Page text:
Amid the hustle and bustle of the kitchen at Marcel’s, a fine dining restaurant in Washington, D.C., one member of the staff is immune to the noise. It’s David Uzzell, the 28-year-old saucier responsible for such delicacies as pan-seared foie gras or mushroom mornay sauce.
Uzzell is a deaf chef — a rarity in the vast majority of restaurant kitchens. When chef and owner Robert Wiedmaier needs to get Uzzell’s attention while expediting during dinner service, he pokes him in the shoulder.
“David gets poked a lot,” says Wiedmaier. “There might be a dent in his shoulder from my finger by now.”
It’s not all poking, according to Uzzell. “We’ve come up with some workarounds,” he says — or writes, using one of the many notepads that are permanently kept at his station to help with more lengthy communications. Having completely lost his hearing by the time he was a year old, Uzzell is used to having to figure out how to communicate to a hearing audience.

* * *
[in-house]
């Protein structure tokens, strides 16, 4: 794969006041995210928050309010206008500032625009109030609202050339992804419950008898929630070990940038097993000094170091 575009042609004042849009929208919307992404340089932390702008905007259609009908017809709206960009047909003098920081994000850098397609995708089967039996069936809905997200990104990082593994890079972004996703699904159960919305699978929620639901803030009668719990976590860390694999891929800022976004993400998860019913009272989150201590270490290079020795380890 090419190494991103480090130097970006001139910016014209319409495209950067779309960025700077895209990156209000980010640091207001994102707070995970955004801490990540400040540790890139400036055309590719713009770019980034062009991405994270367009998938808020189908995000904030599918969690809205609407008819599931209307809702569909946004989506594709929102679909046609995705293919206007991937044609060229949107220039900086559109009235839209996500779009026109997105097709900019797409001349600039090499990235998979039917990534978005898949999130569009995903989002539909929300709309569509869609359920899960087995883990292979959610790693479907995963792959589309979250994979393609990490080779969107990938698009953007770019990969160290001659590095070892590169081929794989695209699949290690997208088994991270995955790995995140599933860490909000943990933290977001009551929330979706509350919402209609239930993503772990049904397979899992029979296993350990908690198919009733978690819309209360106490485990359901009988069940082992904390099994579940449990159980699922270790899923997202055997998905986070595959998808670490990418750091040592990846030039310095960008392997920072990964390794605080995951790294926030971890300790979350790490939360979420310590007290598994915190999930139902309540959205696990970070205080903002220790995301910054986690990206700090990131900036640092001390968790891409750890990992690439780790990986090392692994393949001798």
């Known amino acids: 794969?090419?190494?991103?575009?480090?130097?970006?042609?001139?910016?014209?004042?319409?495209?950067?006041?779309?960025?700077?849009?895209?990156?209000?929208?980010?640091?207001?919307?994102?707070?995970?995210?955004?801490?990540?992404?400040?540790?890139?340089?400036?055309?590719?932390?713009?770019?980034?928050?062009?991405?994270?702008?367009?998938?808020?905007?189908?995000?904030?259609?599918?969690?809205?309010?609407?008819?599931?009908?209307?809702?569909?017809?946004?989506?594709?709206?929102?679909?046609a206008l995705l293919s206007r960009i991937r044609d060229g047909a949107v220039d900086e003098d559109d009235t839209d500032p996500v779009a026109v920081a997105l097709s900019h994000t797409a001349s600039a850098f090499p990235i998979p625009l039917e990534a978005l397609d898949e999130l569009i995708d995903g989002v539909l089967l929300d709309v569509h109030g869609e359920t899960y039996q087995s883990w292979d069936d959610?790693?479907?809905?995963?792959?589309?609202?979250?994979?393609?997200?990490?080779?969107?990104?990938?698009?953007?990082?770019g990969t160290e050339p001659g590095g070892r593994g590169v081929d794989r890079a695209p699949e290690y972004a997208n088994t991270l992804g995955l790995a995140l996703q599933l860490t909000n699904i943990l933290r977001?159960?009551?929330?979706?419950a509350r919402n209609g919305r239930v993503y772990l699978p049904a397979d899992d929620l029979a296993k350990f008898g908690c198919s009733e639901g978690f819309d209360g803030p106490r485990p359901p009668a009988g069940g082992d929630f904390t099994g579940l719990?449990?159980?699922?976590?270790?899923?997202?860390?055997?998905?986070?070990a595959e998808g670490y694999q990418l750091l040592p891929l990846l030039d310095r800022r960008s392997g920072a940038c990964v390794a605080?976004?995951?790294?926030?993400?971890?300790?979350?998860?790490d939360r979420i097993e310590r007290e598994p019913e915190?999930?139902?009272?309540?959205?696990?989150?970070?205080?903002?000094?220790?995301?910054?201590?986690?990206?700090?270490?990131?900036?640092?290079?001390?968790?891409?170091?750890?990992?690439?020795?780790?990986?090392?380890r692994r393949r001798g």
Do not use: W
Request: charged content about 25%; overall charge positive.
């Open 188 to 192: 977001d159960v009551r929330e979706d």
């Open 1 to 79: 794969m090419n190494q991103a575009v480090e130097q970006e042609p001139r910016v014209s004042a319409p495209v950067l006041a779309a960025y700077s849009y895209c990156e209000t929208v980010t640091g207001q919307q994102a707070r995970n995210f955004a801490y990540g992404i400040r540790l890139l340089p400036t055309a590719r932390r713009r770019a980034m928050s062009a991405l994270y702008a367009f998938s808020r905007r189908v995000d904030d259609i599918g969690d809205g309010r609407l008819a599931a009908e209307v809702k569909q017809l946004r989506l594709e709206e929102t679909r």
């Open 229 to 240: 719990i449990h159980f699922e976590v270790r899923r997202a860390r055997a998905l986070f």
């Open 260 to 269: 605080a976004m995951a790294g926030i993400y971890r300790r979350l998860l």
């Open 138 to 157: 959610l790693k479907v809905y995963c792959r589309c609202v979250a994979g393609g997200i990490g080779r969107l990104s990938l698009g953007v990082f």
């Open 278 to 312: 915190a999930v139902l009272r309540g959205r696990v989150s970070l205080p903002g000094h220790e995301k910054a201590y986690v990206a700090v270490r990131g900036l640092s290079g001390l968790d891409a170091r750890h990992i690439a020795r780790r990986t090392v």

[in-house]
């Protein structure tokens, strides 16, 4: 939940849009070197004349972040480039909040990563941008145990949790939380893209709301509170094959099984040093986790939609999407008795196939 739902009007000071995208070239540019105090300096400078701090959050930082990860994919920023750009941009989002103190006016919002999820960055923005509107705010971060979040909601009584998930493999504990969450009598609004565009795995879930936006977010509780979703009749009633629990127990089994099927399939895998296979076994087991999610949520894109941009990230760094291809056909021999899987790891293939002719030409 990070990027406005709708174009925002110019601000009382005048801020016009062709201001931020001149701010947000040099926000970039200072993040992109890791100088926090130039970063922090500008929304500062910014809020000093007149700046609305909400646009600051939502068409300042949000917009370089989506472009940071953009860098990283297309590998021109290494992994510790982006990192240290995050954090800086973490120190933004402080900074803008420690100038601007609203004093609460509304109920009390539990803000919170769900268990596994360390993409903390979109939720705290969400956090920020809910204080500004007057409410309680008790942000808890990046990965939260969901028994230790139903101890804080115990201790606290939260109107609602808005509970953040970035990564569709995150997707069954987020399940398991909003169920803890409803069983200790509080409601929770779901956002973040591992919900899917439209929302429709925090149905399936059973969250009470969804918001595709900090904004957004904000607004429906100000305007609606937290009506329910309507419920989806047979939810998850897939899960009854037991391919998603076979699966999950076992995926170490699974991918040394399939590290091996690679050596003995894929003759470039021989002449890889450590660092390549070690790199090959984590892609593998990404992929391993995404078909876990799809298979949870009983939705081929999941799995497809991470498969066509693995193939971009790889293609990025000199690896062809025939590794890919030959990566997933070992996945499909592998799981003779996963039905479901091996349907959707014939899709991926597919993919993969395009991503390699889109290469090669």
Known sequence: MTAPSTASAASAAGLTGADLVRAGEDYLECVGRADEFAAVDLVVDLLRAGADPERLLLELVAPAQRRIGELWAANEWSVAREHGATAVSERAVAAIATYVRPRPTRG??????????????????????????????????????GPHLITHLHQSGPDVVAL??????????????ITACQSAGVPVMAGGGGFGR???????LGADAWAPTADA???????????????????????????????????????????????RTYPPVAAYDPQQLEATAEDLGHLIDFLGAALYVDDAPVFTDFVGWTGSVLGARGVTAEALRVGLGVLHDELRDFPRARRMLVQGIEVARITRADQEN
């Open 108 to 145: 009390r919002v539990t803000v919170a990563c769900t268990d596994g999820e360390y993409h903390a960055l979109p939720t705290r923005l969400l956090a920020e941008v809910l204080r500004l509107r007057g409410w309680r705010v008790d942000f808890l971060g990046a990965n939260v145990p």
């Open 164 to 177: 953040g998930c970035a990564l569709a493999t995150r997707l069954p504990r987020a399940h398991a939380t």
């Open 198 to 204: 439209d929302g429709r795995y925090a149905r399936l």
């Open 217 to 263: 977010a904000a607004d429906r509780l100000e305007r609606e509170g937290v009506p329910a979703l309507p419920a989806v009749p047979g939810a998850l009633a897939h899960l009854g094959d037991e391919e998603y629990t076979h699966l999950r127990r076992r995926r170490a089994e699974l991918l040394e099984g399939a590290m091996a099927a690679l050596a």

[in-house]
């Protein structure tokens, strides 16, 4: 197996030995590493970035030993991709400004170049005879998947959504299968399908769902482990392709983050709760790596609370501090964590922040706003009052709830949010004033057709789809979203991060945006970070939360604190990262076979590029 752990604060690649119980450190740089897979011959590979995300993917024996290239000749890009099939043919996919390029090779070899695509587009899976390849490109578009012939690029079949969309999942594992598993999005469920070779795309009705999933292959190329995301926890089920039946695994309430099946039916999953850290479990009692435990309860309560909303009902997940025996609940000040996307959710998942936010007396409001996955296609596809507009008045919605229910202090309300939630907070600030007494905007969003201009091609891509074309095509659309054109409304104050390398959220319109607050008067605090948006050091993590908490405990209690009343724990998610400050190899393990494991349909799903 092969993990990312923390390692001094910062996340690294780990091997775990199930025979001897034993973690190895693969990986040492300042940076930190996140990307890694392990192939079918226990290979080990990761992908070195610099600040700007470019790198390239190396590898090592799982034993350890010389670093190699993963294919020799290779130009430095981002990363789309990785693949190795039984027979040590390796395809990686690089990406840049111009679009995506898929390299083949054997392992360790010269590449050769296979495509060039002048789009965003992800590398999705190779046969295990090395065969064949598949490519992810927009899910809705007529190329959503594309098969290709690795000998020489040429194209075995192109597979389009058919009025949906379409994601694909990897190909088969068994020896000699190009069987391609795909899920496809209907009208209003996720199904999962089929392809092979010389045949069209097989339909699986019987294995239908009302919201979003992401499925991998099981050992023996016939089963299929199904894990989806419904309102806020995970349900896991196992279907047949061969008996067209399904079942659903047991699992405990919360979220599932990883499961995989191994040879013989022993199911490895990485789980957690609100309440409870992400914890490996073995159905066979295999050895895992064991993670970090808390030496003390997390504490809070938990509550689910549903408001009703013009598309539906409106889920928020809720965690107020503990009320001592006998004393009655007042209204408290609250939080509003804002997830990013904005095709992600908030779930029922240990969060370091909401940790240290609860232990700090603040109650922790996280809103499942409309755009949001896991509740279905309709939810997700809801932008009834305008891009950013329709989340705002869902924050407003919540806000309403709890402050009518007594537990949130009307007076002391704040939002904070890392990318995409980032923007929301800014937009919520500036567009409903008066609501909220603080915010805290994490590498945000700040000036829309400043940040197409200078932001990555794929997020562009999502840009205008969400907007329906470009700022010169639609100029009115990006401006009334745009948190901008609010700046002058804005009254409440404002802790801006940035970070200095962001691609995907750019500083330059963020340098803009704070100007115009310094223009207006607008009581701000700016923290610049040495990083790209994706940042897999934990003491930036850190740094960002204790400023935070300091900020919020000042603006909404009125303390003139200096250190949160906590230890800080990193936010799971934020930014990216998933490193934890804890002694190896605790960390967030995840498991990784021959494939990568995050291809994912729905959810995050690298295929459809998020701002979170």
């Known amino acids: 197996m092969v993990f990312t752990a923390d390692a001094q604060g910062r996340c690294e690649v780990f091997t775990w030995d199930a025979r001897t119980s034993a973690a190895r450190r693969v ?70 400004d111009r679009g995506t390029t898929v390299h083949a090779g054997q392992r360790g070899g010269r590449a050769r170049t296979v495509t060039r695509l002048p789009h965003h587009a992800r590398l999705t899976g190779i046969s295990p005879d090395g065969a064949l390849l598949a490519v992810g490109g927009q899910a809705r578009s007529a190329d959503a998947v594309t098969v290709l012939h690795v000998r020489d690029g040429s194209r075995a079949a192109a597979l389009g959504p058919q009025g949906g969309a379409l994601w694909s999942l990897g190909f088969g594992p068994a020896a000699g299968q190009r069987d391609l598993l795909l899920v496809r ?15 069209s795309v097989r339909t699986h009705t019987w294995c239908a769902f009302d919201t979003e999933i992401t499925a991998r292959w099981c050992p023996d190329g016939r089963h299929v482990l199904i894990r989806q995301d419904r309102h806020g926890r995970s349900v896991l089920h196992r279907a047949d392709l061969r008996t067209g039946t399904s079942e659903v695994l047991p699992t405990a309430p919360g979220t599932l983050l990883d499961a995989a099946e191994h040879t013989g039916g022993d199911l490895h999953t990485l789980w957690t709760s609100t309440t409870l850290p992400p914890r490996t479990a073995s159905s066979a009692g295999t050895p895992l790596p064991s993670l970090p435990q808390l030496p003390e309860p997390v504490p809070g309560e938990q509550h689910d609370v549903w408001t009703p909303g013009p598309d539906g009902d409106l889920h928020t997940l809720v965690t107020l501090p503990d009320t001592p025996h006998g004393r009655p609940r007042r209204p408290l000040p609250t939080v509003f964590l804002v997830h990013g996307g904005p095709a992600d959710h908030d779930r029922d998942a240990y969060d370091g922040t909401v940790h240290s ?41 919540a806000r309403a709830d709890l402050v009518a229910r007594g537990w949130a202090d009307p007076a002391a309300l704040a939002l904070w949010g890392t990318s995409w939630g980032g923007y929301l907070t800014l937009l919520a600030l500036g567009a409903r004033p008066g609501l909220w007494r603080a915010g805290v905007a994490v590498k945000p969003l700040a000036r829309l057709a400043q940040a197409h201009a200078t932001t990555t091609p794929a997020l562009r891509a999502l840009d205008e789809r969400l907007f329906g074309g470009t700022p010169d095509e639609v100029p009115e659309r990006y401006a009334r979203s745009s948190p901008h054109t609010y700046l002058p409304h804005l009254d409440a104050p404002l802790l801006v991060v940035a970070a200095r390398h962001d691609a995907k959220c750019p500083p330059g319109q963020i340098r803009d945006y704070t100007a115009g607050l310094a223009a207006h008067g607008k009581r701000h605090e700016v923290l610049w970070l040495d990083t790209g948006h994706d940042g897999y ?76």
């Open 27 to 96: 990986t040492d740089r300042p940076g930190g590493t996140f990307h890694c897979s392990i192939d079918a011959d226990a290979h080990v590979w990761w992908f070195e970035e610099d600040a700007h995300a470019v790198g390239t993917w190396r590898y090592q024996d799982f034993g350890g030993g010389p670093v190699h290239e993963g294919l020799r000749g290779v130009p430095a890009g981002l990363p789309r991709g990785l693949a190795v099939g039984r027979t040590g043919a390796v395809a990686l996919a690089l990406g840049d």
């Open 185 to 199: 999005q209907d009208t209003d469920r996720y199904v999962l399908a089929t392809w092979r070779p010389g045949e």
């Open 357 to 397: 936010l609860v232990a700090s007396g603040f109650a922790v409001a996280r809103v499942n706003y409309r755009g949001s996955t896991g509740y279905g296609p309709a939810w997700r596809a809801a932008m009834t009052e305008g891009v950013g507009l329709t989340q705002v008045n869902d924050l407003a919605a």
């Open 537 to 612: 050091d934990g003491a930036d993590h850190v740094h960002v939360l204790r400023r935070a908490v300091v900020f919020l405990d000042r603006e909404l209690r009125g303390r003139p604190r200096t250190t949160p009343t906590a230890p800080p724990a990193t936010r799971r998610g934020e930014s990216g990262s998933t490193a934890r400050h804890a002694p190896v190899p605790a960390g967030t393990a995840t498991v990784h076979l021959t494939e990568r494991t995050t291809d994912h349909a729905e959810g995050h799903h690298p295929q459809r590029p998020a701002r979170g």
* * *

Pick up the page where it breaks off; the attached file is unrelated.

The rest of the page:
“I’ve never seen somebody text so fast,” says Wiedmaier.
Photo: Kristen Hartke for NPR
Caption: David Uzzell at work in the kitchen at Marcel’s. Uzzell has a written list of daily tasks from chef and owner Robert Wiedmaier at his station, and his ever-present notepad and pencil on the shelf above serves as communication tools for more specific instructions.